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Thread: Smart One

  1. #1
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    Smart One

    The ESA's Smart One lunar probe is scheduled for launch Sept. 27th. =D> Let's wish them luck and a new era of lunar exploration. I hope before long we can see close ups of the landing sites, even if we can't see anything.

  2. #2
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    And an era of low-calorie lunar snacks as well.

  3. #3
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    MMMMMMMMMMMMMMMMM...................space ice cream....................ohhhhhhh crap its horrible [-X

  4. #4
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    Ever tried freeze-dried ice cream? It is horrible.

  5. #5
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    I have tried it..it is really weird all chalky and stuff! Gross

  6. #6
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    http://www.esa.int/export/SPECIALS/SMART-1/

    It will take 16 months to get to the Moon, that's an avergage of 20mph

  7. #7
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    Quote Originally Posted by The Supreme Canuck
    Ever tried freeze-dried ice cream? It is horrible.
    I have a container of powdered water, but I can't figure out what to add.

  8. #8
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    I think you're supposed to eat it like an odd-tasting cracker or something. Poor astronauts.

  9. #9
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    It is good if you dissolve it in the carbonated beverage of your choice. I like chocolate root beer, personally.

    Aporetic
    www.polisci.wisc.edu/~rdparrish

  10. #10
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    Anyone for beer milkshakes?

  11. #11
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    Eeew. :P

  12. #12
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    Just to let you know the astronauts do not eat that freeze dried "ice cream." However on one of the missions to the Mir space station, they needed to bring a freezer with them, to bring back samples in. As everyone knows freezers work best when they have something in them.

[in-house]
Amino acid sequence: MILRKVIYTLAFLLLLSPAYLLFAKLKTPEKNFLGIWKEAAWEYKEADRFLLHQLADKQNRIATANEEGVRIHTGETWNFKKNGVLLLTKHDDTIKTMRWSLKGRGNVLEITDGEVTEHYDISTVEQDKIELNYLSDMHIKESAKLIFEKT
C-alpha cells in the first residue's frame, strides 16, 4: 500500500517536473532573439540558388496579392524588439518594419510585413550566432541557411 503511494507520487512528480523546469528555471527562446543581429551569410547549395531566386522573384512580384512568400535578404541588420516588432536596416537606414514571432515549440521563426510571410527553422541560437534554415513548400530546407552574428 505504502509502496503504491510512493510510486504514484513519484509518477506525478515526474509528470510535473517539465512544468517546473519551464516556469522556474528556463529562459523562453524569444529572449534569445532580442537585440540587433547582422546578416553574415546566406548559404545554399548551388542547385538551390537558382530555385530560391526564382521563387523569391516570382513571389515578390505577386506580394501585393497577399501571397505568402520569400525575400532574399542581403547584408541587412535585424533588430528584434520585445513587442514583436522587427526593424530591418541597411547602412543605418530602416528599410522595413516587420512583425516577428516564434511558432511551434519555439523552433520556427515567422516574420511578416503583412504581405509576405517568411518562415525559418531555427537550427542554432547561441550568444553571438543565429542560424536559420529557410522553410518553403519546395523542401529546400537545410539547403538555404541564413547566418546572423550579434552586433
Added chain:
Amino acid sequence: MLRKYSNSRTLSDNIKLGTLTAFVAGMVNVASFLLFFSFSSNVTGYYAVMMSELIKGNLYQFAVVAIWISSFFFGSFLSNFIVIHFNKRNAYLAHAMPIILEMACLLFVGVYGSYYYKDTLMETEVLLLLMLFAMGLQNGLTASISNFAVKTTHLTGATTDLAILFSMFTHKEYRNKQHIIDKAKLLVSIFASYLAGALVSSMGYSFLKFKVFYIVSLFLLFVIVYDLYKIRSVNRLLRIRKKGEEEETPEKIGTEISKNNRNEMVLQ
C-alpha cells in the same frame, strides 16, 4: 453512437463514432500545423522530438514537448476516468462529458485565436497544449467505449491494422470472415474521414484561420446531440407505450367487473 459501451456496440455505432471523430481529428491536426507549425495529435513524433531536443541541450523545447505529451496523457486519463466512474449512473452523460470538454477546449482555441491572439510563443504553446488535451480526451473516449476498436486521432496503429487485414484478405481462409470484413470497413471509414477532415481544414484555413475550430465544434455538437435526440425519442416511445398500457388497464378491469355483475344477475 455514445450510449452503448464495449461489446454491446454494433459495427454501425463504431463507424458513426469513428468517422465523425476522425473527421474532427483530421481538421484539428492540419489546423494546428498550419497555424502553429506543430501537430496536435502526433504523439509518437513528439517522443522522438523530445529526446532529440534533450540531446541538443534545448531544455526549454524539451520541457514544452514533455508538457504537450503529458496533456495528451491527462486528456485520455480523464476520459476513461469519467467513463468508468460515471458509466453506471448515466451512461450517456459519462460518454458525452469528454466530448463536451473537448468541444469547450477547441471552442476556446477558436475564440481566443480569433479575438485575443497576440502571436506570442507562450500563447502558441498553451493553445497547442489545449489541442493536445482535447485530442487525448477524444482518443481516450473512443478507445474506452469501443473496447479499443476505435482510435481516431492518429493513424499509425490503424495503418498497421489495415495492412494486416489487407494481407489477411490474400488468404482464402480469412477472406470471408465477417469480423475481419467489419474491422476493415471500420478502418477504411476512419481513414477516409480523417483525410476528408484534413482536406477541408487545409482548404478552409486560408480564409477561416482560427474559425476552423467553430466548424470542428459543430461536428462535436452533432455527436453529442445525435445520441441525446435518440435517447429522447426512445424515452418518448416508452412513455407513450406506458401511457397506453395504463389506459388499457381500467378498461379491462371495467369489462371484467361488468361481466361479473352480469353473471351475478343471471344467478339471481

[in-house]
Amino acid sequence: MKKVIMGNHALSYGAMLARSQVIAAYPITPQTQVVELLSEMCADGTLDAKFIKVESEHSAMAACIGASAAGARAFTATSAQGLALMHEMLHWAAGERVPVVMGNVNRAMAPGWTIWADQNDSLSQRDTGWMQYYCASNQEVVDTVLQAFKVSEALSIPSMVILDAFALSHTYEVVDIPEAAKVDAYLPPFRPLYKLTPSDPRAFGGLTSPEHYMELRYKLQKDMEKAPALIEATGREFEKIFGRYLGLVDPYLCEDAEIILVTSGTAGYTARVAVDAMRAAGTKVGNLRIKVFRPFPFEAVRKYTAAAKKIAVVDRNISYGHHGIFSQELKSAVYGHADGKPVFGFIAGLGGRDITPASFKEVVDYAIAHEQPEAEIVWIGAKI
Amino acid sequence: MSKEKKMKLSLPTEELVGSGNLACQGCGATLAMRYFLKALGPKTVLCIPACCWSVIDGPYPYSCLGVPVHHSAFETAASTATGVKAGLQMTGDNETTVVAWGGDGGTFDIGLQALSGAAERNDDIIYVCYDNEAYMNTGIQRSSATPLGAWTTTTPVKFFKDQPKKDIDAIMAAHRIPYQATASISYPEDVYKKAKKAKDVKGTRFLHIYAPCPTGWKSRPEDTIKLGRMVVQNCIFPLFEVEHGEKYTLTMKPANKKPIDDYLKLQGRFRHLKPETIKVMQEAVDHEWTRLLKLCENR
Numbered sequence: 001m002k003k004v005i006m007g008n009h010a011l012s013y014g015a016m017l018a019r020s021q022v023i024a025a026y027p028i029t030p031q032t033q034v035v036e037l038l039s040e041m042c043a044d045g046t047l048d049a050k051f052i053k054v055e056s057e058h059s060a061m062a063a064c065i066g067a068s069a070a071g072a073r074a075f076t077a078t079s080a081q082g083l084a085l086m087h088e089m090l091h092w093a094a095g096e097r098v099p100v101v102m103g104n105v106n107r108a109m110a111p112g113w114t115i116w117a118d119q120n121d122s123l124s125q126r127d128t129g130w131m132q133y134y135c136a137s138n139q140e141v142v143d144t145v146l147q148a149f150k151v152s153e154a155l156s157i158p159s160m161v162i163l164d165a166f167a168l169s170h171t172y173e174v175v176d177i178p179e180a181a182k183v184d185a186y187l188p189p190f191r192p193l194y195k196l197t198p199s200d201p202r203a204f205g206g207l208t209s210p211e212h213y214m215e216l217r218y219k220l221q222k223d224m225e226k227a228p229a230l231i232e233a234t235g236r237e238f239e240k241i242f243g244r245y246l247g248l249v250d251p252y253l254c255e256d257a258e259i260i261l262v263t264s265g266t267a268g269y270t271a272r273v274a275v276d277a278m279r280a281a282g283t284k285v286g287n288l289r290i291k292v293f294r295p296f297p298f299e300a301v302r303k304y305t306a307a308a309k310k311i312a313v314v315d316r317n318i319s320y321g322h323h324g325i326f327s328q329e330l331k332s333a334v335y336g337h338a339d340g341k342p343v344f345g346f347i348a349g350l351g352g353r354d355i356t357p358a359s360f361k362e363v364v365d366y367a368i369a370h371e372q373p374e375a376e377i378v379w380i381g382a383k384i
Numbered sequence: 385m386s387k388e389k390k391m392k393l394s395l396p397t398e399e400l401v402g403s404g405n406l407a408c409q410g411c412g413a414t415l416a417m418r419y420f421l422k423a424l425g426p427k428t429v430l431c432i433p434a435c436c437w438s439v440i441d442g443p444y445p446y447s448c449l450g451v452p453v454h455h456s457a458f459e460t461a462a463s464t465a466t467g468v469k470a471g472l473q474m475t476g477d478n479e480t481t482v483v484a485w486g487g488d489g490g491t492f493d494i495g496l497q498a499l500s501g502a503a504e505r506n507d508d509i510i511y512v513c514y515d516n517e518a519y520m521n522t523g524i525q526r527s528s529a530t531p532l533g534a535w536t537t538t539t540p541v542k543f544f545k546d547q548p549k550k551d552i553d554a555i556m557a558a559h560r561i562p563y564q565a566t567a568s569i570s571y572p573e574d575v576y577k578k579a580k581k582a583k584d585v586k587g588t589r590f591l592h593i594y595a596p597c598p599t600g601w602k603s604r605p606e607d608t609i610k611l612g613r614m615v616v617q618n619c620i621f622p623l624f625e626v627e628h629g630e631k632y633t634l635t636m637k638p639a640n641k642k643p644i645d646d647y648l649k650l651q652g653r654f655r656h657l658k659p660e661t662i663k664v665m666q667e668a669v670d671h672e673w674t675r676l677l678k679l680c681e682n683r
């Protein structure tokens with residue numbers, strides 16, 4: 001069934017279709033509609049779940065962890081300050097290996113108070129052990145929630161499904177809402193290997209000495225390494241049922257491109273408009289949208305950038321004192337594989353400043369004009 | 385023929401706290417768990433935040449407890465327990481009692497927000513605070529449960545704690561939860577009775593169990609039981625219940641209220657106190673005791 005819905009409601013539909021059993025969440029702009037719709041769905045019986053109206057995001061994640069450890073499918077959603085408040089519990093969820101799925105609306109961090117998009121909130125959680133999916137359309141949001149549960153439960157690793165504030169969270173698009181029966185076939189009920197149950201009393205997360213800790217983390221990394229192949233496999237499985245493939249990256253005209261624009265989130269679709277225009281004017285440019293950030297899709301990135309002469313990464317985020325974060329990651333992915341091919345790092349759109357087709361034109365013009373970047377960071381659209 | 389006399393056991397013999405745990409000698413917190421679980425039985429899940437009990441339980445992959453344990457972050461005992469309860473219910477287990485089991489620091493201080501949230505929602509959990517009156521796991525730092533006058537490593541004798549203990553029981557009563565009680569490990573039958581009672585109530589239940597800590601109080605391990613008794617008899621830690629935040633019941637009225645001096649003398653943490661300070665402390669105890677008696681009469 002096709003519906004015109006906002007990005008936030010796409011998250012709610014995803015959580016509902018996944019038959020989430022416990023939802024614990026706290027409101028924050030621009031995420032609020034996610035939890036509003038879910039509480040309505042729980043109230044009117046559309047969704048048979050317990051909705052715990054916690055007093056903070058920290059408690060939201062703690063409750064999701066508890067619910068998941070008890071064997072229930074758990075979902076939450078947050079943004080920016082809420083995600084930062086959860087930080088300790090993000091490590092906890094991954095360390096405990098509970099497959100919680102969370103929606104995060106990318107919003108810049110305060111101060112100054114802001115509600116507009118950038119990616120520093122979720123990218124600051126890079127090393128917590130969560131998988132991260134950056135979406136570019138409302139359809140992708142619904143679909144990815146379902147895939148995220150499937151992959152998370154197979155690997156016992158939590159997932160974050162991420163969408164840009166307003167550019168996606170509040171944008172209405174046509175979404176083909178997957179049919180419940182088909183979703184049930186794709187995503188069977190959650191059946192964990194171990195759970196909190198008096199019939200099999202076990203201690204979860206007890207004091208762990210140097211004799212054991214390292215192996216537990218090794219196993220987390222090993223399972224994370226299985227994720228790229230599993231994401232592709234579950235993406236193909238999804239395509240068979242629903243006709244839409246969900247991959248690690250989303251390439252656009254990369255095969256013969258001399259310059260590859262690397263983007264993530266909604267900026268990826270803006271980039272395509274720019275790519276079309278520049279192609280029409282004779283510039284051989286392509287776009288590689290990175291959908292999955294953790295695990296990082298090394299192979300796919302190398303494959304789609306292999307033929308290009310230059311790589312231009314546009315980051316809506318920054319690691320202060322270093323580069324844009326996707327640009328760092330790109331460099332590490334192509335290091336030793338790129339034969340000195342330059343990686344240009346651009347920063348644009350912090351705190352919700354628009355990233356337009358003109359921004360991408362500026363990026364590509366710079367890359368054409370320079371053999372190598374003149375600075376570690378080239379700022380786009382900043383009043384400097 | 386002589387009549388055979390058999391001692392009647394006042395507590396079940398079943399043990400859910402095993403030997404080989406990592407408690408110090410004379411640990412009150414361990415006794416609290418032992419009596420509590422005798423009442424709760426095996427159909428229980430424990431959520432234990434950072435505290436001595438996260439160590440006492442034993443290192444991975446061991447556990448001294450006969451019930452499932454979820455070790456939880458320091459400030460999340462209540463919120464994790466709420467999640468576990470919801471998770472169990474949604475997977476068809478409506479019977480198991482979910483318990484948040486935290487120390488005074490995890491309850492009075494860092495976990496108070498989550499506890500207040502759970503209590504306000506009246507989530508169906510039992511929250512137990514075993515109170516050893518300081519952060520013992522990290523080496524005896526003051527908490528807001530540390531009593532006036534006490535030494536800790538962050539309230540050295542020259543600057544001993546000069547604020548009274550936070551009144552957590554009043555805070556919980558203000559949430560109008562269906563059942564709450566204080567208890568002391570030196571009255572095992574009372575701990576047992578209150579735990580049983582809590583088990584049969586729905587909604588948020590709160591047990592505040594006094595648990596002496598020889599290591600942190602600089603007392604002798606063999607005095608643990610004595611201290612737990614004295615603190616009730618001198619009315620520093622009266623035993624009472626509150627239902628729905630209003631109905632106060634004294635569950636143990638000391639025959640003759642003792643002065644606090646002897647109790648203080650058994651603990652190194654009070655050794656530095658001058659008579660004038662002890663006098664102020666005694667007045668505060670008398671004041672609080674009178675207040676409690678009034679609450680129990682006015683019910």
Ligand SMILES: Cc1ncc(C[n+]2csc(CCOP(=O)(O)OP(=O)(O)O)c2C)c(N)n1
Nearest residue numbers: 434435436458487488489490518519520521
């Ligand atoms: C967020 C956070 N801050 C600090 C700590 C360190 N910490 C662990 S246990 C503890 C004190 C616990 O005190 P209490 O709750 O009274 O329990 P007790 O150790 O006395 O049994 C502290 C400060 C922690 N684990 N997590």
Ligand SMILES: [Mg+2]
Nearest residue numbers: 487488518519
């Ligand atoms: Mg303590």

The astronauts on the mission managed to persuade management to let them bring ice cream with them on the mission. What did they bring? The best Ice Cream in the Country Blue Bell, made right here in The Lone Star State. In case you care, and even if you don't they brought the small single serve cups.

    (To tell the truth, I personally prefer Krogers premium ice cream Texas Gold.)

    Edited to add:

    PS: 101 posts--I'm no longer a "newbie" woo-hoo.

  13. #13
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    i kinda like the freeze-dried neopolitian ice cream....

    i even like some of the MRE's....

    Im not picky

  14. #14
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    Sixteen months to get to the moon? I can hear the HB's now. NASA says Apollo took about 10 days for a round trip, who do they think they are fooling? Now we know the truth. :roll:

  15. #15
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    Yeah, yeah. It's because they're using an ion propulsion system. SMART-1 is a test bed. That means their TLI burn lasts longer than a U.S. election season instead of a matter of minutes.